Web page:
Street food of Vietnam: $0.15 USD Vietnamese kebab – Đà Nẵng style

Price quote took place in 2011. Exchange rate was 1 USD =$20,000 VND at the time.

My 5th aunt lives in Đà Nẵng city, the Capital of the Quang Nam/Central province. After spending a few day in the village with my maternal grandparents, we headed out to the city for some “better dinning” options. The main market in is called chợ Cồn, pronounce as chuh cone (aka cone market). This is a smaller version of the Saigon central market, obviously as it is in the province.

Flowers lovers: Hear this out! One (1) dozen of long stem, yellow roses, cost around 10,000 VND = $0.50 USD, which is way cheaper when comparing to the price of food. I’ve seen very nice and beautiful flowers like yellow, red long stem roses, star gazer, oriental lily, etc…I would have bought the flowers in a flash if I was staying at a hotel or somewhere else but since it’s our relative’s home, somehow it didn’t seems appropriate, just my gut instinct, based on the cultural context.

Fresh flower stands

Fruit stands: I guess most tropical fruit lovers will die for the fruits. I bought none as I craved none because I’m not a fruit person, especially tropical fruits which are high sugar content. Mom has been eating mãng cầu dai (tropical soursop), vú sữa (caimito/star apple fruit), xoài (mango), mận (rose apple), basically all in season fruits, non stop, since landing in VN

Sạp nón lá: handwoven conical hat stall


Shoes shopping, anyone?

You can get some semi-custom made shoes at most stall by choosing the platform/sole, then pick your ribbons, etc…After I was done with my browsing around the market, I nose led me straight to the food area of the market.

Dried fruits and crystallized fruit candies, sold by the weight

Walking back and forth the food court, I couldn’t make up my mind on which stall to sit down since every thing were eye candies to me and there were so many choices, yet so little time. Mind you, everyone in the province or the entire country was bundling up in their winter layers, but I was just happy in my thin Jcrew tshirt and capri because of the “cool to me” weather.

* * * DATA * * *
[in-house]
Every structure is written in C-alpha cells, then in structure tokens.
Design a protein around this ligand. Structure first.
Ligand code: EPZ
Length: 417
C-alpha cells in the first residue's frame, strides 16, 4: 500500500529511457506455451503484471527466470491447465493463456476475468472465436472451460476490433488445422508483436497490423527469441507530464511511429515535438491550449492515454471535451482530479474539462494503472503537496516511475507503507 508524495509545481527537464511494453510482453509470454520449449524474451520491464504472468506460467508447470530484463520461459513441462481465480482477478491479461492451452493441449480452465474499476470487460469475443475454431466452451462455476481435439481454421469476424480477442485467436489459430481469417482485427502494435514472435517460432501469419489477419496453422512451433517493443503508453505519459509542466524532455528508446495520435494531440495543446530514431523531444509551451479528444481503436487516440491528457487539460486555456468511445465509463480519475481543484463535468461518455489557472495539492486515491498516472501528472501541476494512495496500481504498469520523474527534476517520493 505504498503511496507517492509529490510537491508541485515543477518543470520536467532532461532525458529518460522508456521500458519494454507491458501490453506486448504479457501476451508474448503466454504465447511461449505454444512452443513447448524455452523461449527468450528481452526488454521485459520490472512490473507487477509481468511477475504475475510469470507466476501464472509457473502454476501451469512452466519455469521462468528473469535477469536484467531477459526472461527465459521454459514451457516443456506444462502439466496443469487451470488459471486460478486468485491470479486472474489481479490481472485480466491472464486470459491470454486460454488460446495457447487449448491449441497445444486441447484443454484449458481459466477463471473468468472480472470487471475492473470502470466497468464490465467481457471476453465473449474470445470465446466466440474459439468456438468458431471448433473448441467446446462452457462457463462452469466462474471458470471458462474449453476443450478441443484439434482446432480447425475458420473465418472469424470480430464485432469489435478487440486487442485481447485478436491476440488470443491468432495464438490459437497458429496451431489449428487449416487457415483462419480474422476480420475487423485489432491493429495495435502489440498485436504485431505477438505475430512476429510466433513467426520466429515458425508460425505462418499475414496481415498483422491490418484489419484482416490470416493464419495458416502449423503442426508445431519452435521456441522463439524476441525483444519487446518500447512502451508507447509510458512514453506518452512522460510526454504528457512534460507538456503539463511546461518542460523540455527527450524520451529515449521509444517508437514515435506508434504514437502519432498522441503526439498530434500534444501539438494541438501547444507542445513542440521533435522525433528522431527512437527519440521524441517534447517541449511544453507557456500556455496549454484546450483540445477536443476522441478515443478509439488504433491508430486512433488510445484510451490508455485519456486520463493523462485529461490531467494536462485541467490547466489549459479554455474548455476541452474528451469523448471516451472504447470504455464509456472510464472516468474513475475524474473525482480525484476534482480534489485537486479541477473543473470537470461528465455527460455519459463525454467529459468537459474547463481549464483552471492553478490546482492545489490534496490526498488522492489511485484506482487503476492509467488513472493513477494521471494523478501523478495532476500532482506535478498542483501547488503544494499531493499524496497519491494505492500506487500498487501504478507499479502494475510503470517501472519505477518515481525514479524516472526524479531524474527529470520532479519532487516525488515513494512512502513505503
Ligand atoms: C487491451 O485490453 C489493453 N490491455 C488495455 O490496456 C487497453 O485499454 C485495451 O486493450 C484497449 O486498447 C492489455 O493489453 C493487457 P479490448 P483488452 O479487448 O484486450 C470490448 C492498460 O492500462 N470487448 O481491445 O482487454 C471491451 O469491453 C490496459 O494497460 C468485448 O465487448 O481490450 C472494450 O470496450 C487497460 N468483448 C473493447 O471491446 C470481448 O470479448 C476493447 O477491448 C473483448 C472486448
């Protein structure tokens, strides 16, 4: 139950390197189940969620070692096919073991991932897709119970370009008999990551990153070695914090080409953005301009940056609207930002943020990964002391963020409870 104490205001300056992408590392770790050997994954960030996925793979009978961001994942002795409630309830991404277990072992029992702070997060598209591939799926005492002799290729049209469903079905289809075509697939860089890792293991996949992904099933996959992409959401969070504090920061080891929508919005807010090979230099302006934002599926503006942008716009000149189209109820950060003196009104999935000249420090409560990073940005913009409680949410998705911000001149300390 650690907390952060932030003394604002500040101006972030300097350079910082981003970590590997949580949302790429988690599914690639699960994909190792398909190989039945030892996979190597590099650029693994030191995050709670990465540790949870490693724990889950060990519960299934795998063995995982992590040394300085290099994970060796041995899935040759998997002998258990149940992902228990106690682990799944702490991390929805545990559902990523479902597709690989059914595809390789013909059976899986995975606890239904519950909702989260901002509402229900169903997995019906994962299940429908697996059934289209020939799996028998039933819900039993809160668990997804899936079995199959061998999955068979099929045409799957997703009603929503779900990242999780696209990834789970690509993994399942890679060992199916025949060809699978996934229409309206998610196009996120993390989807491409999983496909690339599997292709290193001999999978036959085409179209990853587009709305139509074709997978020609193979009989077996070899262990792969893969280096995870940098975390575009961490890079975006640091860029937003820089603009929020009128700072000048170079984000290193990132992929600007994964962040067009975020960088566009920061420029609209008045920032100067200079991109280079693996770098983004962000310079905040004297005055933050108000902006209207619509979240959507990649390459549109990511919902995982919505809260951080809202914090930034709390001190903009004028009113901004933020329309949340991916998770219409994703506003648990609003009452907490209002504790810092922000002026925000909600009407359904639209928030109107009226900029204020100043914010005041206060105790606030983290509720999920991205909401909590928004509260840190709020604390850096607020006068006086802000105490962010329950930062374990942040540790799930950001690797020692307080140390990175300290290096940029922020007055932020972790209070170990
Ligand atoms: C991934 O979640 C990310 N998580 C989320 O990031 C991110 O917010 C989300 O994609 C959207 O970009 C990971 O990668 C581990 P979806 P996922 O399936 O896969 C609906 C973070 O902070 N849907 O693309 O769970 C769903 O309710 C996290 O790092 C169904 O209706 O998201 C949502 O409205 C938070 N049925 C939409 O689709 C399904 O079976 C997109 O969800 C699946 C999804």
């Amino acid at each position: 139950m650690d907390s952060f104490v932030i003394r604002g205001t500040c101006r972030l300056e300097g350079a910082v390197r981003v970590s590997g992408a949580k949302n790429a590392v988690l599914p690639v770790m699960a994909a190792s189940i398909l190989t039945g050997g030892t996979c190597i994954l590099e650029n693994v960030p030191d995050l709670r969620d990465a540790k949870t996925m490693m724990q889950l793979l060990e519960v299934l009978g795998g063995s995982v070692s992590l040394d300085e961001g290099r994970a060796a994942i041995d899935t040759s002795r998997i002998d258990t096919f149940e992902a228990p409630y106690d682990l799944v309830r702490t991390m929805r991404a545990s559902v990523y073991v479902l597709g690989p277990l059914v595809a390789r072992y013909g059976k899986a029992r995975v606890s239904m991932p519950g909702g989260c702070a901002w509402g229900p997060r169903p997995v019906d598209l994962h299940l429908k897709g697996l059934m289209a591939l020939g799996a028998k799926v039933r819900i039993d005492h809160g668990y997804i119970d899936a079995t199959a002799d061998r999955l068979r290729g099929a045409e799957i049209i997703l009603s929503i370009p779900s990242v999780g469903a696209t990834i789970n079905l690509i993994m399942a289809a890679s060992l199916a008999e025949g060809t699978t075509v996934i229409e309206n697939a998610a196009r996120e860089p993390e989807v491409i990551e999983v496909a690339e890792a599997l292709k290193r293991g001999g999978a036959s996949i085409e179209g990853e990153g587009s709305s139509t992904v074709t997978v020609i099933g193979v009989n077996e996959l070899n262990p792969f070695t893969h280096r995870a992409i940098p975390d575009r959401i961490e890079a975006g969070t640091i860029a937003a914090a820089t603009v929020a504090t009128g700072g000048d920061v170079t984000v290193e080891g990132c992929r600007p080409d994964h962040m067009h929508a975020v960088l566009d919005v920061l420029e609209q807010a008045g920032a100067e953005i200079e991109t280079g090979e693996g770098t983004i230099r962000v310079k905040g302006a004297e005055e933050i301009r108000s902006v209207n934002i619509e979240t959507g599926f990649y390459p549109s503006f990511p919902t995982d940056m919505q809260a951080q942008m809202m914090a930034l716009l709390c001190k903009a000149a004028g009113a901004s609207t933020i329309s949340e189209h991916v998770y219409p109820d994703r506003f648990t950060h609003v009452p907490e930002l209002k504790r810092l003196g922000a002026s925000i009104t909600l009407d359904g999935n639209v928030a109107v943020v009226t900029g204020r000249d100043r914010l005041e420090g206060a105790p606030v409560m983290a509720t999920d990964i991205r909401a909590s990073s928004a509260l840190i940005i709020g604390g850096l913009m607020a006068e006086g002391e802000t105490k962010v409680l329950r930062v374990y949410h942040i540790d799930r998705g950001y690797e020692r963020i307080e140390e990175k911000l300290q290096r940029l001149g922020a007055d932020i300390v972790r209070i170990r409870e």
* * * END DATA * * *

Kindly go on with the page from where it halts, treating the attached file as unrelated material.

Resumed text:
I finally sat down to one of the stall that has a few more folks sitting on benches around the stall. When in strange land, follow the local and you can’t go wrong, in my opinion.

The stall feature a local dish called  Nem lụi, pronounce as Name Luhz, aka a version of pork kebab.

Aha…….market and food stall in this Đà Nẵng’s market have price posted on the menu vs. the Saigon central market. Although I can more than afford most fare, it certainly helps guide me in making choice and avoiding the hassle of price haggling. Wow….I am impressed with Đà Nẵng, its culture and tourist friendly attitude so far.


The Nem lụi, pronounce as Name Luhz, aka a version of pork kebab here are skewed through  a half split wooden chopstick. This is different and I certain appreciate the uniqueness of the skewing. I think using the bamboo chopstick skew, would allow the charcoal to grill the chopstick, and give out that woodsie bbq smoke aroma…which is a YES, YES, YES in my cuisine book.

Each pork kebab stick cost only 3,000 VND = 15 cents, including the dipping sauce, rice sheet wrapper, fresh herbs and garnishments. Central province is considered very poor and lack of resources comparing to the South of Vietnam and also colder in climate. To enhance the flavor, they have a much more heat intense palette comparing to Southern folks through the use of chili or red hot peppers.